"It's another line of defense for your card-not-present transactions. It allows our clients to get a signature, and it does help protect them when a chargeback comes in.
"We find it most useful for our larger ticket guys that are selling certain things where the average tickets are considerable and this provides a good, solid defense where they potentially stand to lose a lot of money."
Milmeister added that EMS plans to also use Signature Link's Electronic Agreements Solution for boarding merchants because it not only provides convenience, but also protects against attrition.
"You go online, fill out our application and sign right then and there," Milmeister said. "Everything's done online, and then we're good to go. Rather than having to fax or email it to them, it shortens the sale cycle and gives you the chance to strike while the iron's hot. Now you can do with one phone call what would be two to three.
"Usually it's fax me the paperwork and I'll follow up with you, and you know how that goes. Where with this they just fill out and submit, and what was a process of chasing the merchants trying to get the paperwork back, now we can just do all of that in one call."
Collins said SignatureLink sells its products both directly to merchants and indirectly through ISOs. Merchant service providers who carry the product usually offer it to their merchants as an optional service, she said.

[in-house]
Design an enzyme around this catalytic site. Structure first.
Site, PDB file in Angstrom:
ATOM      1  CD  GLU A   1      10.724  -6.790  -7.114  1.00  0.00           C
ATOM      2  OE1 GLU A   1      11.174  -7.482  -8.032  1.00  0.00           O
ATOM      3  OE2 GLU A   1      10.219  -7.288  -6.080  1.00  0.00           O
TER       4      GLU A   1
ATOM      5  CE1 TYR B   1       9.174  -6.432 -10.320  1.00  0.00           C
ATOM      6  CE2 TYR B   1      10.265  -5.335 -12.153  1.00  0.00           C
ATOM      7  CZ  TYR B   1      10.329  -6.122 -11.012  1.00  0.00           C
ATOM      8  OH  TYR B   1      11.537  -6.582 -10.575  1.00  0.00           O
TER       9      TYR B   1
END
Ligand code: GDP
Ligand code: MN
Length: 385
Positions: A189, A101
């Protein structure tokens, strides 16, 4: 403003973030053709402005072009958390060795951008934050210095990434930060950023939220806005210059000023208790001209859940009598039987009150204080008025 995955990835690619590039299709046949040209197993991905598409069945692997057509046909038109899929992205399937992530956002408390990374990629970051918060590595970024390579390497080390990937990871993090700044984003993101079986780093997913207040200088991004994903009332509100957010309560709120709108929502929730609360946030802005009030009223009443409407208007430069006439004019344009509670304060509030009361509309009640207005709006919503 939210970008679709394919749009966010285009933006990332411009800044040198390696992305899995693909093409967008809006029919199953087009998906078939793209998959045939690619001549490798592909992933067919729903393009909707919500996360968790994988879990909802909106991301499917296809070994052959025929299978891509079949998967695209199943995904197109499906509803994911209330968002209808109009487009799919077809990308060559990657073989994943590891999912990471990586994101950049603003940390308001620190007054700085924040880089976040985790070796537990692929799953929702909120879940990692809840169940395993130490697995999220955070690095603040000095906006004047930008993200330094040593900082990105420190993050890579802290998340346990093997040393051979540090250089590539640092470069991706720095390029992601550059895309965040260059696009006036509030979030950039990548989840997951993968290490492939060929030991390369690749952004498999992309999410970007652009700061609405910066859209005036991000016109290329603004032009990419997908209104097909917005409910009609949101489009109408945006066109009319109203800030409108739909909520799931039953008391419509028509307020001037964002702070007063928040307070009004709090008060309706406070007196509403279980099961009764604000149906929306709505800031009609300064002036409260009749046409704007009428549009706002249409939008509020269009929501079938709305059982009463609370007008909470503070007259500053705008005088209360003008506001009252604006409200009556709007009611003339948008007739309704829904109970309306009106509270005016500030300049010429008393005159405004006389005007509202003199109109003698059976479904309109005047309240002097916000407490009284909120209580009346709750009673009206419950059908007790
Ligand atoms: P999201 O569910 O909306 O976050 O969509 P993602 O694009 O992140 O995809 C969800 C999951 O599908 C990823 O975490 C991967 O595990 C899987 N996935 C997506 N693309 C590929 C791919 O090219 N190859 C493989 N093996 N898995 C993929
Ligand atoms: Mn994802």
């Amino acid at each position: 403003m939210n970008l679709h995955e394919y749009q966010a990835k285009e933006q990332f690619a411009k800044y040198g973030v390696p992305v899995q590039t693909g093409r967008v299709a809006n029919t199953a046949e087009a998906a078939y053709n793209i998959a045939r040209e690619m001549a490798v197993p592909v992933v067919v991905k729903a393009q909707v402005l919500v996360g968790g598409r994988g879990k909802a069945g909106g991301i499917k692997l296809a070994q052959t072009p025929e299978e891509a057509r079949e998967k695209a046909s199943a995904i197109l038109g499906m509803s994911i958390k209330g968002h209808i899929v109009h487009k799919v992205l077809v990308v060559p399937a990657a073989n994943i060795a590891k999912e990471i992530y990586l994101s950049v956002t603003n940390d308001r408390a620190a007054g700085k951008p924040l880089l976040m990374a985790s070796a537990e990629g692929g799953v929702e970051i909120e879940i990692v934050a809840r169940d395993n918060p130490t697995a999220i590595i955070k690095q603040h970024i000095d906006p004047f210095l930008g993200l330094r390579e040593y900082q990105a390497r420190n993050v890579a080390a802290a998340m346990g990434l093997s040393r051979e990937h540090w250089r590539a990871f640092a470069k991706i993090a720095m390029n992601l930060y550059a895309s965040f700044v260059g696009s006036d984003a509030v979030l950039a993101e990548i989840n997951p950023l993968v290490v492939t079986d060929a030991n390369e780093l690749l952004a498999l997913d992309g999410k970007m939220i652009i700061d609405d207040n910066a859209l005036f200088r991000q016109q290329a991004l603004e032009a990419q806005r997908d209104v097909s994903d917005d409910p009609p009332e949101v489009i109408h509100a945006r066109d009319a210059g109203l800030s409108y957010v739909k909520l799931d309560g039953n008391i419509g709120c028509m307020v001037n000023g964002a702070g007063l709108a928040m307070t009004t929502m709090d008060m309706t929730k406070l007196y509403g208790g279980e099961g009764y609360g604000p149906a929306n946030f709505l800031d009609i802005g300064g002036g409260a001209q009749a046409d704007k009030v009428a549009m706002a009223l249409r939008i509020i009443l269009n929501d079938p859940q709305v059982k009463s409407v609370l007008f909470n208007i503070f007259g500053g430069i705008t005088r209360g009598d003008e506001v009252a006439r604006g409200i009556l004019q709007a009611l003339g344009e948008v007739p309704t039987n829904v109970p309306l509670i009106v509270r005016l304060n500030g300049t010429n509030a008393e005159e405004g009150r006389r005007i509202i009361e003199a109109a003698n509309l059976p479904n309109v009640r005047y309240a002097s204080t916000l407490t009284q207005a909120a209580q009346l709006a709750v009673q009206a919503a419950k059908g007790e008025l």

She added that many ISOs use it to board new merchants and then sell it to those same merchants for use in the e-commerce sector.
"Our model is basically the sell to and sell through model," Collins said. "Our customers can resell it, white label it - whatever. We don't care."
Other than its electronic agreement and traditional e-commerce pieces, SignatureLink's authentication software is also used for remote authorizations - such as those used with prescription drug transactions - and with smart phones. Collins said clients use SignatureSafe for credit, debit, online check and automated clearing house (ACH) transactions in conjunction with both traditional online and smart-phone transactions.
"The key for e-check and ACH payment methods is, if there's a dispute, it's very different than credit cards," Collins said. "With credit cards you're liable for at most $50; for [contesting] ACH you literally have to go to the bank to be fingerprinted and sign an affidavit saying you did not buy it online and provide a legally binding wet signature. With our signature capture, you can do that online."
Collins said SignatureLink's products are generally used retroactively, meaning signatures are analyzed for authenticity only after a transaction is disputed. But she said the company plans to eventually use a front-end authenticator that validates or invalidates transactions at the POS by comparing customer signatures to ones stored on file.
Collins said merchant and ISO interest in SignatureLink's products has grown in concert with the company's offer of a 90-day free trial period, along with the explosion of mobile commerce and the growth of ACH transactions.
"Cell phones and payments via cell phone have made authorization and validation that a consumer transferred money or made payments more critical than ever," she said. "Companies that make the phone the most authenticated tool ever will succeed the most; people need to understand that it's all about mobility, and that everything is going wireless.
"The key for us is going to be having that web signature on file. It's really a deterrent that stops a lot of consumers from the 'I did not buy that' syndrome. It makes them think twice."
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Lead Sales and Marketing Consultant